Rogue Counselors: Kissinger, Brzezinski and the Ambiguous National Security Advisor Open Access

Weiss, Gideon Isaac (2016)

Permanent URL: https://etd.library.emory.edu/concern/etds/76537209p?locale=en
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Abstract

The 1947 National Security Act restructured the United States' foreign policy apparatus. The bill created the National Security Council, a new forum for cabinet level policy formulation, and a research and support staff. A few years later, in 1953, President Eisenhower created the National Security Advisor, who would serve dual roles, head of the NSC staff and policy advisor to the President. While the NSC had a basis in federal law, the National Security Advisor did not. When Henry Kissinger in 1968, the position's flaws, stemming from a lack of structure and oversight were revealed. Kissinger controlled foreign policy for eight years, shutting out Secretary of State William Rogers and often maneuvering unilaterally. While new administration attempted to fix the system, National Security Advisor Zbigniew Brzezinski was able to achieve a similar dominance over policy.

The reason for Kissinger and Brzezinski's control is one in the same; the amorphous and abstract nature of the position they held. Both men used the NSC system to control information flow and decision making power while using the position's lack of oversight to operate independently. Documents from the Nixon and Carter libraries give new insight into the two men's control. Kissinger used deputy Secretary of State Joe Sisco as his own staffer, usurping Secretary Rogers and operating a quasi-State Department out of the West Wing. Brzezinski used his power to dictate policy during the political crisis in Iran brought on by the Shah's departure. Brzezinski pushed for a coup and worked with military advisors outside of his purview to advance his goals. The structural deficiencies in the National Security Advisor position show up repeatedly during Kissinger and Brzezinski' terms in office, and allow the advisor to operate as an autonomous agent, the broad powers of which have yet to be curtailed.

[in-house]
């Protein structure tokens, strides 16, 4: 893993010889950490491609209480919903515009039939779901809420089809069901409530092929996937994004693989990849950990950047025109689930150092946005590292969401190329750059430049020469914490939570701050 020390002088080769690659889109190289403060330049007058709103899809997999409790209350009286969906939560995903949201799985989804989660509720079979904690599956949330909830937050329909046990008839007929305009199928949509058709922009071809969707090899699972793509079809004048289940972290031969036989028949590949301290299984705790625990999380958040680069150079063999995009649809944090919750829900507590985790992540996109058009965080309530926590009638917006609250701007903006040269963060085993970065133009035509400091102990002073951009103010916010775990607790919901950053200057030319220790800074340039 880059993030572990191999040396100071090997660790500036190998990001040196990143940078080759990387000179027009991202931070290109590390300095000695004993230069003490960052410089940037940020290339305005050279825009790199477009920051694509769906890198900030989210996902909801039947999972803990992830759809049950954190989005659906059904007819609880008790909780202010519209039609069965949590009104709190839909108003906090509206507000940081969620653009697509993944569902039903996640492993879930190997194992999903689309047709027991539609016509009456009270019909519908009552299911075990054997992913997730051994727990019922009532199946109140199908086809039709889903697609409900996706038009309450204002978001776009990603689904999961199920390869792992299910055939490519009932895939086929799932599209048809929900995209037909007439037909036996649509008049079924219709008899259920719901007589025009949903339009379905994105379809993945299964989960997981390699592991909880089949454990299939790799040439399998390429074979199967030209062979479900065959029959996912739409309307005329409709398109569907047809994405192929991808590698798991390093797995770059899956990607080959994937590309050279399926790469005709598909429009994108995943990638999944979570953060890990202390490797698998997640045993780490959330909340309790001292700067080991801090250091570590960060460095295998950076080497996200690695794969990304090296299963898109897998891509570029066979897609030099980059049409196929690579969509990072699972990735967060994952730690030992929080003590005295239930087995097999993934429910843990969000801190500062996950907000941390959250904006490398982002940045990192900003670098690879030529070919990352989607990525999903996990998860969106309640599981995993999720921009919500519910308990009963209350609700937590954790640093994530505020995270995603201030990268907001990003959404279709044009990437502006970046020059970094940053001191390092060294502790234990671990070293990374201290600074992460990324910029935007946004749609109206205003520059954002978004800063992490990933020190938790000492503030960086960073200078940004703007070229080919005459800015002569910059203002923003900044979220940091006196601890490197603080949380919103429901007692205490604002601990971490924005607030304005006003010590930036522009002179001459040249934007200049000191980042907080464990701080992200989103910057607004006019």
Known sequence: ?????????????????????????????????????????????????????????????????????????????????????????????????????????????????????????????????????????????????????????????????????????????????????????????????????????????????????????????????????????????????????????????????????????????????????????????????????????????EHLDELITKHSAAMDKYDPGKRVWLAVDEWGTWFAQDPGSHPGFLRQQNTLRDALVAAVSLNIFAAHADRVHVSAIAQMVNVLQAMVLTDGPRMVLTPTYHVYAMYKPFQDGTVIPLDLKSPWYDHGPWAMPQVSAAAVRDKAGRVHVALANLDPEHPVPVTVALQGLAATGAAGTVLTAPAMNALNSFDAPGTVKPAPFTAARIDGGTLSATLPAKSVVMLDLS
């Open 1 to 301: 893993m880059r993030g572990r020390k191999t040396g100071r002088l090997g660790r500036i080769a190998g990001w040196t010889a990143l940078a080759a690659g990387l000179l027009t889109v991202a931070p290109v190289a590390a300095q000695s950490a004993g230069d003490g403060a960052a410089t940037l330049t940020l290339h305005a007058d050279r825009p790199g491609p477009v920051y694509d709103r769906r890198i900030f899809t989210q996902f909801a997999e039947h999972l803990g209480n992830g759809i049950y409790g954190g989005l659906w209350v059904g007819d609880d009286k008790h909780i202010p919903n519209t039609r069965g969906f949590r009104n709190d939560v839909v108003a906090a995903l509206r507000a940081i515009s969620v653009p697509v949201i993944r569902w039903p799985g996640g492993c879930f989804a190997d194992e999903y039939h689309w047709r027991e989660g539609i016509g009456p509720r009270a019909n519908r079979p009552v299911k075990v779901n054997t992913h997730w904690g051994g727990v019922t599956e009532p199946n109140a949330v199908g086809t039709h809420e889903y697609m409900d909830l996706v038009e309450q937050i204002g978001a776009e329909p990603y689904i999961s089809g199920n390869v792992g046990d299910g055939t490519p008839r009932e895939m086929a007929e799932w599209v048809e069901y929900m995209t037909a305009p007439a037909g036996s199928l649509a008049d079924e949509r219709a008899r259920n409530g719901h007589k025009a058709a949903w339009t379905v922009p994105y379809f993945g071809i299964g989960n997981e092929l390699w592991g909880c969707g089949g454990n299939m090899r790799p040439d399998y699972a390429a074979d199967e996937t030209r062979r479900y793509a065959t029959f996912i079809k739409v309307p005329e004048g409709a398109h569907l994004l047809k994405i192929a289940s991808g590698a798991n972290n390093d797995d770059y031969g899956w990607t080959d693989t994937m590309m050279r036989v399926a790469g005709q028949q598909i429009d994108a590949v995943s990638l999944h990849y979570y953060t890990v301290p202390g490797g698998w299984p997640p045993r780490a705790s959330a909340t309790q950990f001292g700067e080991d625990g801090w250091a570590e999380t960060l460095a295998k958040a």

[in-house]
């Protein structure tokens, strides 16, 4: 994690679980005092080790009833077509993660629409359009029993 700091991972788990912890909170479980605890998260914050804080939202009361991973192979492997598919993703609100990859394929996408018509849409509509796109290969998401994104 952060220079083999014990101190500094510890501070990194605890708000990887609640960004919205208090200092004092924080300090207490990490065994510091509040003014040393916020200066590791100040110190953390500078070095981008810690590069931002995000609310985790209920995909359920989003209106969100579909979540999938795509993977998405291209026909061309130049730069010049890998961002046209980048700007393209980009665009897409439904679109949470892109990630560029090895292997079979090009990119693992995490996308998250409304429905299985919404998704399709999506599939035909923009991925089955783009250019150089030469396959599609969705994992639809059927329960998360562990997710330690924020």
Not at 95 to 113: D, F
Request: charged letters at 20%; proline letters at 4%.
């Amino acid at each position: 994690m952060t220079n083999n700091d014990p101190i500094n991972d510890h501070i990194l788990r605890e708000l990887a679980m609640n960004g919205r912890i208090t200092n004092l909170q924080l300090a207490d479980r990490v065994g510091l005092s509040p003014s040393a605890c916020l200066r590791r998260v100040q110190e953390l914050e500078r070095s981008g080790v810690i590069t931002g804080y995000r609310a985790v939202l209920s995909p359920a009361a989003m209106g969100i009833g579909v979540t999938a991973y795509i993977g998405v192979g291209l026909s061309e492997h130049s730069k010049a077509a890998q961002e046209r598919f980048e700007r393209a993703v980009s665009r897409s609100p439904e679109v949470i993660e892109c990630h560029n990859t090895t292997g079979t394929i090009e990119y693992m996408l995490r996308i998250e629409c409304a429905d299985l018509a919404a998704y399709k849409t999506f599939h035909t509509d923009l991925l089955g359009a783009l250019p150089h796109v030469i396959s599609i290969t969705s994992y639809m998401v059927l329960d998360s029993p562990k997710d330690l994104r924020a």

Table of Contents

Introduction...1

The West Wing's Foreign Policy Machine...7

The NSC in South Asia...22

Rogers' Guerilla War...30

The Shadow Secretary...36

Mistakes of (the Nixon) Past...45

A New Cold War...53

The Brzezinski and Vance Administrations...58

Carter Epilogue...74

Concluding Thoughts...79

Bibliography...84

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